Advisory board members have worked on combined sewer overflows (CSOs) and water issues in New Jersey, and are based in or work with CSO communities. Advisory board members provide guidance on strategy, messaging, and advocacy. Members include:

  • Jose Amarante was born in New York City and raised in Perth Amboy, New Jersey. He earned an associate’s degree from Middlesex College, as well as a bachelor’s degree in Public Administration, cum laude, from Kean University before beginning professional work in legal studies. Amarante focuses on social activism during his free time, devoting special attention to environmental issues as a member of the local Board of Adjustment and the Perth Amboy Civic Trust. He enjoys outdoor activities, learning about history, and going to fairs. 
  • Suzanne Aptman, New Jersey Future. (And Sewage-Free Streets and Rivers Program Manager). New Jersey Future is a nonpartisan nonprofit organization that promotes sensible growth, redevelopment and infrastructure investments to foster vibrant cities and towns, protect natural lands and waterways, enhance transportation choices, provide access to safe, affordable and aging-friendly neighborhoods and fuel a strong economy.
  • Drew Curtis, Ironbound Community Corporation (ICC). Founded in 1969, ICC’s mission is to engage and empower individuals, families, and groups in realizing their aspirations and together, working to create a just, vibrant, and sustainable community.
  • Amy Goldsmith, Clean Water Action. Clean Water Action was founded to protect our environment, health, economic well-being, and community quality of life. Clean Water Action organizes strong grassroots groups and coalitions, as well as campaigns to elect environmental candidates and solve environmental and community problems.
  • Mo Kinberg, New Jersey Future. New Jersey Future is a nonpartisan nonprofit organization that promotes sensible growth, redevelopment and infrastructure investments to foster vibrant cities and towns, protect natural lands and waterways, enhance transportation choices, provide access to safe, affordable and aging-friendly neighborhoods and fuel a strong economy.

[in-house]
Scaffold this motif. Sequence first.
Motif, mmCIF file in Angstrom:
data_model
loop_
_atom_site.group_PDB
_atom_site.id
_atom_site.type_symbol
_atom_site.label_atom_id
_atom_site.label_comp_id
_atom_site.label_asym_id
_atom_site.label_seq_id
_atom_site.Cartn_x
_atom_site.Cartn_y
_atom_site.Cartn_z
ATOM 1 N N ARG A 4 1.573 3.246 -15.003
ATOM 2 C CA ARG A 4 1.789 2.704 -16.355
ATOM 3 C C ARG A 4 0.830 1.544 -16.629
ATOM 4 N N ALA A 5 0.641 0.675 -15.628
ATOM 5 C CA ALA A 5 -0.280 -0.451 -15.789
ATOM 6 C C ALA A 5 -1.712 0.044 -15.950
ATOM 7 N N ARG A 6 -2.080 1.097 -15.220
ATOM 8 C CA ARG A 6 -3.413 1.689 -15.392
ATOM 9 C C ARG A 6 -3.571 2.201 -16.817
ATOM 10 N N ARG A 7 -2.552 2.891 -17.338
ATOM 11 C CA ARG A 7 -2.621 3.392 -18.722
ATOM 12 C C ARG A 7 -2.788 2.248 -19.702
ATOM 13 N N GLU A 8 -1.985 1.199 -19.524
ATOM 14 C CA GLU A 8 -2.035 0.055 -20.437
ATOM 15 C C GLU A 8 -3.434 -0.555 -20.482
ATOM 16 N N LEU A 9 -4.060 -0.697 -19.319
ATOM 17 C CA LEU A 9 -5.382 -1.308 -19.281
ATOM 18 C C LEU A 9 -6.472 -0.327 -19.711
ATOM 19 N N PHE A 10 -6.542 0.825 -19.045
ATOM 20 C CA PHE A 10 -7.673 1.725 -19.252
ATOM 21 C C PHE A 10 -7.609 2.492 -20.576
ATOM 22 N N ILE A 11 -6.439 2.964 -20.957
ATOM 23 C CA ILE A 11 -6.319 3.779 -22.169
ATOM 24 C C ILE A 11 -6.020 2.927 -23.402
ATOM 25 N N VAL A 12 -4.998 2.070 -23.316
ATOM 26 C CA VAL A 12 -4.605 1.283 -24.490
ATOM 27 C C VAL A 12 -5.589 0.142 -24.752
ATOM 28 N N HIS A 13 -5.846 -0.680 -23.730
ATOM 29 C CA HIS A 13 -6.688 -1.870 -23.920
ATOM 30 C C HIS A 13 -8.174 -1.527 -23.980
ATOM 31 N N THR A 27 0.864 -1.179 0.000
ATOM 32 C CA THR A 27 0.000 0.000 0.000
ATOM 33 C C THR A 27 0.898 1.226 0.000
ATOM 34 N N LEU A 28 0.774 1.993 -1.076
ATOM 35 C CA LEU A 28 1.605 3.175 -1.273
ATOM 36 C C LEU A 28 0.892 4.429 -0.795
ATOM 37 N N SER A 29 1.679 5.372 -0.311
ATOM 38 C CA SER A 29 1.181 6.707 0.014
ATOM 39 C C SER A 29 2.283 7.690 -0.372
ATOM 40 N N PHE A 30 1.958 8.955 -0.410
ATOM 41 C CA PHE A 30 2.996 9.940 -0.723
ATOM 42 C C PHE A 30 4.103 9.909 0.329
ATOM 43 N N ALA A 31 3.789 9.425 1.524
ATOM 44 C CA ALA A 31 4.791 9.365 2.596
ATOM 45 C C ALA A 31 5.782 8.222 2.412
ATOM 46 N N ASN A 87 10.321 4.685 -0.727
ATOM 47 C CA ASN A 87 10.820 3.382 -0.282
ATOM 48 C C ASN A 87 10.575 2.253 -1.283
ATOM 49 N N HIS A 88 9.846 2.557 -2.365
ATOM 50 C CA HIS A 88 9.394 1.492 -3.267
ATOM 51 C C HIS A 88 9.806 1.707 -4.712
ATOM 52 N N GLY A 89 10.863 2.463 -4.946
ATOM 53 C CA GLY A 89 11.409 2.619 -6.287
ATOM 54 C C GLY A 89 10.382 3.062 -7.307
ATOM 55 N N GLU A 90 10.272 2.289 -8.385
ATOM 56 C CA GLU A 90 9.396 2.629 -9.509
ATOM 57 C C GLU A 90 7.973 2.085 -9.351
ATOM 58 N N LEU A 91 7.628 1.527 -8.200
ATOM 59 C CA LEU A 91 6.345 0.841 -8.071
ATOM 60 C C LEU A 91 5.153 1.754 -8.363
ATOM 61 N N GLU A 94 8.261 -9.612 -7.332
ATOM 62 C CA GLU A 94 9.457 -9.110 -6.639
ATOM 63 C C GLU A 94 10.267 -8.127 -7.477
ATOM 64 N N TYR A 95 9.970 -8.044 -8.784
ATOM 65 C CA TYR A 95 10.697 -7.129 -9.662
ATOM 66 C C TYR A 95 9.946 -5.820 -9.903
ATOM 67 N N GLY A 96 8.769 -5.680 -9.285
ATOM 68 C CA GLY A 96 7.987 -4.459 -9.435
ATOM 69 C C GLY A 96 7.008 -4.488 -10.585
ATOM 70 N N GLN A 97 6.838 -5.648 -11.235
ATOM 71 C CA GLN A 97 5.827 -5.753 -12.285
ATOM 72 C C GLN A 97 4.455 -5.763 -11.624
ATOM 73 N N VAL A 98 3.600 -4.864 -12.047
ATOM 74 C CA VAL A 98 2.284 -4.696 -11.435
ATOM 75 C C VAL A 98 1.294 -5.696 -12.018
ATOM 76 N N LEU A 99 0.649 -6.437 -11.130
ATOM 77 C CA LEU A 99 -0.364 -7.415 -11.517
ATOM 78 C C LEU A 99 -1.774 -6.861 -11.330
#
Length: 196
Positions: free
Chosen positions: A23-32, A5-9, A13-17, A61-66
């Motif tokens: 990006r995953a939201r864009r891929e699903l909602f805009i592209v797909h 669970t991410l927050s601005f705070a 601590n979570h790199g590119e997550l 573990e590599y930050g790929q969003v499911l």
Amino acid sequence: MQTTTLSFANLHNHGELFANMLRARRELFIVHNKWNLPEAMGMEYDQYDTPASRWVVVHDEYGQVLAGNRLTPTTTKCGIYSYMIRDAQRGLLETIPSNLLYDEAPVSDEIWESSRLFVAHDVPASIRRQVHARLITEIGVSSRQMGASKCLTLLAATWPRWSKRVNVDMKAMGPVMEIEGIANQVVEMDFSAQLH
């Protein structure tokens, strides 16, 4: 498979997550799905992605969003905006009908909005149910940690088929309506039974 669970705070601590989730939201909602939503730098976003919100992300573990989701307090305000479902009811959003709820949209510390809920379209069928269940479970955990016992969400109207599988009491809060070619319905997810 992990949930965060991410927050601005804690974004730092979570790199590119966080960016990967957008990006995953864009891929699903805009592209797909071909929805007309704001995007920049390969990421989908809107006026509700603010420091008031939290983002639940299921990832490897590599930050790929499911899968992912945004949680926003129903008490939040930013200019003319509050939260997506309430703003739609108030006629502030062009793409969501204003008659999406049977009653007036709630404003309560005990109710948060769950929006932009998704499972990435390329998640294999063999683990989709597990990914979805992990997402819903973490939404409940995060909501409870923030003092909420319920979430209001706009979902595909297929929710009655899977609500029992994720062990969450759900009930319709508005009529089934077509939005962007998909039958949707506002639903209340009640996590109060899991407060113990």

• Michele Langa, Hackensack Riverkeeper. Hackensack Riverkeeper defends the Public Trust resources of the Hackensack River Watershed through a fourfold strategy of environmental action, advocacy, education, and litigation. The organization works on behalf of the people and wildlife that depend on the river and its watershed for life.
  • Nicole Miller, Newark DIG (Doing Infrastructure Green). Established in 2013, Newark DIG is committed to continuously improving the quality of life, health, and viability for the City of Newark and its residents. Its primary goal is the establishment of green infrastructure as the first line of defense to better manage stormwater runoff, improve water quality and resiliency to flooding, and reduce combined sewer overflows, with a focus on Passaic River and its tributaries.

Technical advisors provide technical advice on issues related to their area of expertise:

  • Rosana Pedra Nobre, The New York – New Jersey Harbor & Estuary Program (HEP). HEP brings the benefits of the Clean Water Act to the people who live, work, and recreate on our shared waterways. Created by the U.S. Environmental Protection Agency at the request of the governors of New York and New Jersey, HEP is an ongoing effort to develop and implement a consensus driven plan to protect, conserve, and restore the estuary.
  • Chris Obropta, Rutgers Cooperative Extension Water Resource Program (RCEWRP). RCEWRP is a statewide program with a mission to identify and address community water resources issues using sustainable and practical science-based solutions. For nearly a decade, the Water Resources Program has worked with CSO communities to provide technical support for green infrastructure planning and community facilitation. The Water Resources Program has played an integral role in the development of a number of municipal action teams across the state, facilitating collaboration among local governments, utility authorities, residents, and community organizations.